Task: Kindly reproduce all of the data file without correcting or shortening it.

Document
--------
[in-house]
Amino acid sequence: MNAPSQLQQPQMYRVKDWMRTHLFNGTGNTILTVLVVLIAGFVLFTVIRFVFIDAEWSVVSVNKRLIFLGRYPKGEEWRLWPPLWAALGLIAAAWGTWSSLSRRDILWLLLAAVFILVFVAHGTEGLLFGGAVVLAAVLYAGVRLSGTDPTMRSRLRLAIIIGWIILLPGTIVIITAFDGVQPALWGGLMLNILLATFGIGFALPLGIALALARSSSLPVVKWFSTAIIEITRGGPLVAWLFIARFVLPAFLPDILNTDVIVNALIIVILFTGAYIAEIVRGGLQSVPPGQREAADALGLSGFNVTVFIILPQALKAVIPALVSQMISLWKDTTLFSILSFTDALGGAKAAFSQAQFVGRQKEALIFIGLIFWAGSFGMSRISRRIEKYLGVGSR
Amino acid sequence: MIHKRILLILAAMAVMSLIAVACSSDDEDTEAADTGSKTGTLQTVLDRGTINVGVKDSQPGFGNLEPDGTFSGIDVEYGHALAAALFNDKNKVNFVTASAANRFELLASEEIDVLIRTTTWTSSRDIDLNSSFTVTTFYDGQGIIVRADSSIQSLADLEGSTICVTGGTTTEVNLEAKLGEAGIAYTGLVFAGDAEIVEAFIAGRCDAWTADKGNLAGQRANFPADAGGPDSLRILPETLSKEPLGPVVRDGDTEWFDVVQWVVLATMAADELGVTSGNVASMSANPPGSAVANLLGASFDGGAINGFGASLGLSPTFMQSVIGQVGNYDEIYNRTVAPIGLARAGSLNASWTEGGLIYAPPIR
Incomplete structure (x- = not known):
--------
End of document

[in-house]
Amino acid sequence: MNAPSQLQQPQMYRVKDWMRTHLFNGTGNTILTVLVVLIAGFVLFTVIRFVFIDAEWSVVSVNKRLIFLGRYPKGEEWRLWPPLWAALGLIAAAWGTWSSLSRRDILWLLLAAVFILVFVAHGTEGLLFGGAVVLAAVLYAGVRLSGTDPTMRSRLRLAIIIGWIILLPGTIVIITAFDGVQPALWGGLMLNILLATFGIGFALPLGIALALARSSSLPVVKWFSTAIIEITRGGPLVAWLFIARFVLPAFLPDILNTDVIVNALIIVILFTGAYIAEIVRGGLQSVPPGQREAADALGLSGFNVTVFIILPQALKAVIPALVSQMISLWKDTTLFSILSFTDALGGAKAAFSQAQFVGRQKEALIFIGLIFWAGSFGMSRISRRIEKYLGVGSR
Amino acid sequence: MIHKRILLILAAMAVMSLIAVACSSDDEDTEAADTGSKTGTLQTVLDRGTINVGVKDSQPGFGNLEPDGTFSGIDVEYGHALAAALFNDKNKVNFVTASAANRFELLASEEIDVLIRTTTWTSSRDIDLNSSFTVTTFYDGQGIIVRADSSIQSLADLEGSTICVTGGTTTEVNLEAKLGEAGIAYTGLVFAGDAEIVEAFIAGRCDAWTADKGNLAGQRANFPADAGGPDSLRILPETLSKEPLGPVVRDGDTEWFDVVQWVVLATMAADELGVTSGNVASMSANPPGSAVANLLGASFDGGAINGFGASLGLSPTFMQSVIGQVGNYDEIYNRTVAPIGLARAGSLNASWTEGGLIYAPPIR
Incomplete structure (x- = not known):